.

This microbial activity produces calcium carbonate
Calcium carbonate
Calcium carbonate is a chemical compound with the formula CaCO3. It is a common substance found in rocks in all parts of the world, and is the main component of shells of marine organisms, snails, coal balls, pearls, and eggshells. Calcium carbonate is the active ingredient in agricultural lime,...

 (Ca
Calcium
Calcium is the chemical element with the symbol Ca and atomic number 20. It has an atomic mass of 40.078 amu. Calcium is a soft gray alkaline earth metal, and is the fifth-most-abundant element by mass in the Earth's crust...

C
Carbon
Carbon is the chemical element with symbol C and atomic number 6. As a member of group 14 on the periodic table, it is nonmetallic and tetravalent—making four electrons available to form covalent chemical bonds...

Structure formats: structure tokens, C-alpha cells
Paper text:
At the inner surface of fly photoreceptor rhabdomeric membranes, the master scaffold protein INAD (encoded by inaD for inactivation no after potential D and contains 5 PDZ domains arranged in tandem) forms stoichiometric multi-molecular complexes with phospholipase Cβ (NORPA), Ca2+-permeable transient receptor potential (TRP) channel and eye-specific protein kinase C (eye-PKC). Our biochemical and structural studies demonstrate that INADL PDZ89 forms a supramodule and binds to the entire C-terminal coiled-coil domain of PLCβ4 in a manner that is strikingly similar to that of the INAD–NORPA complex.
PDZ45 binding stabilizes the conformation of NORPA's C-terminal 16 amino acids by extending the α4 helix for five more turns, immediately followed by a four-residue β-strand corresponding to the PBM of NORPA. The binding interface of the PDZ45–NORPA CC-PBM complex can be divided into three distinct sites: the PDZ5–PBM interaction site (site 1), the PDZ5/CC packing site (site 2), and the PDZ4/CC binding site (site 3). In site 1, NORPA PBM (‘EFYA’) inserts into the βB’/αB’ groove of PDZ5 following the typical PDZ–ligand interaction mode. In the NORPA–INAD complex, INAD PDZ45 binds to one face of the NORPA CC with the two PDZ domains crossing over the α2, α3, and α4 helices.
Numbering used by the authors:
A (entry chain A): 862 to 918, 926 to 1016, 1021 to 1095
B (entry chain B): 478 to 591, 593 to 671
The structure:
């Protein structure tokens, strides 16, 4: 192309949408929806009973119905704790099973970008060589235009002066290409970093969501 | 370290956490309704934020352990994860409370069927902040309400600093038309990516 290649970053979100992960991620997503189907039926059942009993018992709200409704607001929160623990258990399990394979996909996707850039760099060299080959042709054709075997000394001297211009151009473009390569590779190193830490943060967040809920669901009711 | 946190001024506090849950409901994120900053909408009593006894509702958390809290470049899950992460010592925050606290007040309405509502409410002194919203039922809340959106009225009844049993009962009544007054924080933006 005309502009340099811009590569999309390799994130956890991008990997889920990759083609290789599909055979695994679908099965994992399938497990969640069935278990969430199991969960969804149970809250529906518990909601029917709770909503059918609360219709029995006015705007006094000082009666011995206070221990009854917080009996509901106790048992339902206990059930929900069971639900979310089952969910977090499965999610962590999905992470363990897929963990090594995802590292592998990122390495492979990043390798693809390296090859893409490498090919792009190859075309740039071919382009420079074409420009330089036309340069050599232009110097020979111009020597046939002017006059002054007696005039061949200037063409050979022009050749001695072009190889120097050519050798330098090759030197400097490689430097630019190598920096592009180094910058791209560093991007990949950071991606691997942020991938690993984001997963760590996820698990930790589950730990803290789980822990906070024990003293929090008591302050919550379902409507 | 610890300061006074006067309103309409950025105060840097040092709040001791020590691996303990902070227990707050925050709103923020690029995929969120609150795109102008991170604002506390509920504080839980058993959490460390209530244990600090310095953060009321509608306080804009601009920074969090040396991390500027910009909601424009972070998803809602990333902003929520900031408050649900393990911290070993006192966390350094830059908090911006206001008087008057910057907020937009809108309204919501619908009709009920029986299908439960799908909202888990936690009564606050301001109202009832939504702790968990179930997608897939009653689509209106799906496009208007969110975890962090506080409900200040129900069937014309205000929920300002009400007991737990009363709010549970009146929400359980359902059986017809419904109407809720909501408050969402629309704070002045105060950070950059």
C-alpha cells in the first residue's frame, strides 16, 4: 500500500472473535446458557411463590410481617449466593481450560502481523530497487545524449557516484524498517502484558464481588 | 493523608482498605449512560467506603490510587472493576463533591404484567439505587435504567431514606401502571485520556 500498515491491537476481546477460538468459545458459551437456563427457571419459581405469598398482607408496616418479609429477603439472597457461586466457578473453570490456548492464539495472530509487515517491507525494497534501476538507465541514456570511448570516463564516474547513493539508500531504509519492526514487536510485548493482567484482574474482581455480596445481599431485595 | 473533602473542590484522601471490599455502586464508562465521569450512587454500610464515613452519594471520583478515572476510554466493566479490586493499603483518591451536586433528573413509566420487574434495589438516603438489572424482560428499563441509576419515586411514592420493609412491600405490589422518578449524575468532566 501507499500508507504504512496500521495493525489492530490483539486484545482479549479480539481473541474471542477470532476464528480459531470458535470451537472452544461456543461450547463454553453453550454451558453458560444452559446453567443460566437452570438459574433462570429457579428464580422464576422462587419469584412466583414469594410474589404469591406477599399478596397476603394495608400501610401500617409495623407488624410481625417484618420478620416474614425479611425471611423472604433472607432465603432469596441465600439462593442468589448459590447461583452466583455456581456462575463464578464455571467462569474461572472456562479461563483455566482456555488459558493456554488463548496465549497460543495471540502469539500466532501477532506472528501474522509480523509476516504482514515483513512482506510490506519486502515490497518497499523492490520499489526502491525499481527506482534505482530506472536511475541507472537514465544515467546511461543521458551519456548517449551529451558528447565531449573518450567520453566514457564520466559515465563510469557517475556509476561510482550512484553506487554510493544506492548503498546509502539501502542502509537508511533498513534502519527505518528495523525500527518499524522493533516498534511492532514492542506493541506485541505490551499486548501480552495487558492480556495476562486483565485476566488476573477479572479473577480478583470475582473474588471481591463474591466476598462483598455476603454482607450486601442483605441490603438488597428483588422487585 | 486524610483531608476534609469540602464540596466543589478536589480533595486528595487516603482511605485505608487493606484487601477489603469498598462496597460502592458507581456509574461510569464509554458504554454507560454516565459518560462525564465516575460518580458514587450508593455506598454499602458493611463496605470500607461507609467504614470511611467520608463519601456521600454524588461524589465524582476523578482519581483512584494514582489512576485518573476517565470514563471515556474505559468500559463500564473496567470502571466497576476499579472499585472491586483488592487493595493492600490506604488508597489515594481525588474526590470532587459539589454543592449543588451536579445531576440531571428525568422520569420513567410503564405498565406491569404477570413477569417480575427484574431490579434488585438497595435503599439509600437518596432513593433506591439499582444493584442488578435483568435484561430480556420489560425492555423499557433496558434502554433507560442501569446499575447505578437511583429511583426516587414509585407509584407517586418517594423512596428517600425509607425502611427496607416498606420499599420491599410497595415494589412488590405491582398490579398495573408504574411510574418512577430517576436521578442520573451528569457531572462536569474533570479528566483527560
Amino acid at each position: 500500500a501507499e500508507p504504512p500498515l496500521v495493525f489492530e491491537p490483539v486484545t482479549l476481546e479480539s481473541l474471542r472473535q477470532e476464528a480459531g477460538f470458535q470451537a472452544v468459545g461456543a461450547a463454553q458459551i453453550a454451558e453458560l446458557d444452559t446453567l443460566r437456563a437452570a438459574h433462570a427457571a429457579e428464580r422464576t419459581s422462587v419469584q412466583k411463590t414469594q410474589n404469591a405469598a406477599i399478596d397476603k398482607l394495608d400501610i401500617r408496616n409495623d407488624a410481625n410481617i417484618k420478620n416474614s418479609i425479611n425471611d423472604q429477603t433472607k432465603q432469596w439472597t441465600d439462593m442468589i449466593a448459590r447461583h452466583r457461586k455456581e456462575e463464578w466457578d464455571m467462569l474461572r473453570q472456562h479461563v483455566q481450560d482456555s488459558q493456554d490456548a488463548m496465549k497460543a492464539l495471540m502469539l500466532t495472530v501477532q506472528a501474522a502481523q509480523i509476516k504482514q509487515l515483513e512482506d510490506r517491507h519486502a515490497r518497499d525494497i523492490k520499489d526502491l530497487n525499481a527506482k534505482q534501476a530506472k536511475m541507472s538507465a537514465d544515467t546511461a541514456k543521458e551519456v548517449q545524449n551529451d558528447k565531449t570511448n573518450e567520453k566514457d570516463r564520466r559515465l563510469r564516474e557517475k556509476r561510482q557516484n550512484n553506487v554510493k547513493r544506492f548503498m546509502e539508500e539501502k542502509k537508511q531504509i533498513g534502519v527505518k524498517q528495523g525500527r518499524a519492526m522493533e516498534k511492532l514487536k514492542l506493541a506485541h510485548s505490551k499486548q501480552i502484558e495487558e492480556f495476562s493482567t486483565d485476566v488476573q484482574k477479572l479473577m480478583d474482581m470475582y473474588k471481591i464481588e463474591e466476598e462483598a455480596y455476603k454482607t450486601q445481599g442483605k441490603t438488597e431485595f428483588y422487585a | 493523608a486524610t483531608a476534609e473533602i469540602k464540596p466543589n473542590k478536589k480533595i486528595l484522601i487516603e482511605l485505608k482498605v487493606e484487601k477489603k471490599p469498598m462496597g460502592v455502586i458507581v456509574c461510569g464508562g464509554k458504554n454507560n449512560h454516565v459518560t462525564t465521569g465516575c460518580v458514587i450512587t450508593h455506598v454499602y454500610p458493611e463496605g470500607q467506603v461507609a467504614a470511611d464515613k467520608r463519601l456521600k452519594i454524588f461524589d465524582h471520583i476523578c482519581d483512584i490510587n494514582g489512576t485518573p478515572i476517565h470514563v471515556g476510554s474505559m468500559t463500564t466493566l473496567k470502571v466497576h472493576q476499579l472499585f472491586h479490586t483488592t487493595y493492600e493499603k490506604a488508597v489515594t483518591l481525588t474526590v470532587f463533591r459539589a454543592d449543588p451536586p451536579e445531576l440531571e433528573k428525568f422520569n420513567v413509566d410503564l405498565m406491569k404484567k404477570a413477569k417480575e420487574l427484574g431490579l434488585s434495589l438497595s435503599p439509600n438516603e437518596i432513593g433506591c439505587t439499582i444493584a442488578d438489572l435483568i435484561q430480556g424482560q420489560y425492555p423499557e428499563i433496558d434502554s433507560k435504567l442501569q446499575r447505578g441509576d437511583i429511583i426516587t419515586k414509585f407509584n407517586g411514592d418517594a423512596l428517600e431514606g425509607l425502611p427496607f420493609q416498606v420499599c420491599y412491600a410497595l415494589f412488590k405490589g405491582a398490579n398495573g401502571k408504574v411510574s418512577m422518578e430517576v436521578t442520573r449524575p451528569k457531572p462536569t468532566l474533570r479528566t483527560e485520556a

O
Oxygen
Oxygen is the element with atomic number 8 and represented by the symbol O. Its name derives from the Greek roots ὀξύς and -γενής , because at the time of naming, it was mistakenly thought that all acids required oxygen in their composition...

3), which is deposited on the seafloor and forms a layer of rock. During a period lasting up to several decades, these rock formations attract siboglinid
Siboglinidae
Siboglinidae, also known as the beard worms, is a family of polychaete annelid worms whose members made up the former phyla Pogonophora and Vestimentifera. They are composed of about 100 species of vermiform creatures and live in thin tubes buried in sediments at ocean depths from 100 to 10,000 m...

 tubeworms
Lamellibrachia
Lamellibrachia is a genus of tube worms related to the giant tube worm, Riftia pachyptila. It lives at deep-sea cold seeps where hydrocarbons are leaking out of the seafloor. It is entirely reliant on internal, sulfide-oxidizing bacterial symbionts for its nutrition.L...

, which settle and grow along with the mussels. Like the mussels, tubeworms rely on chemosynthetic bacteria (in this case, a type that needs hydrogen sulfide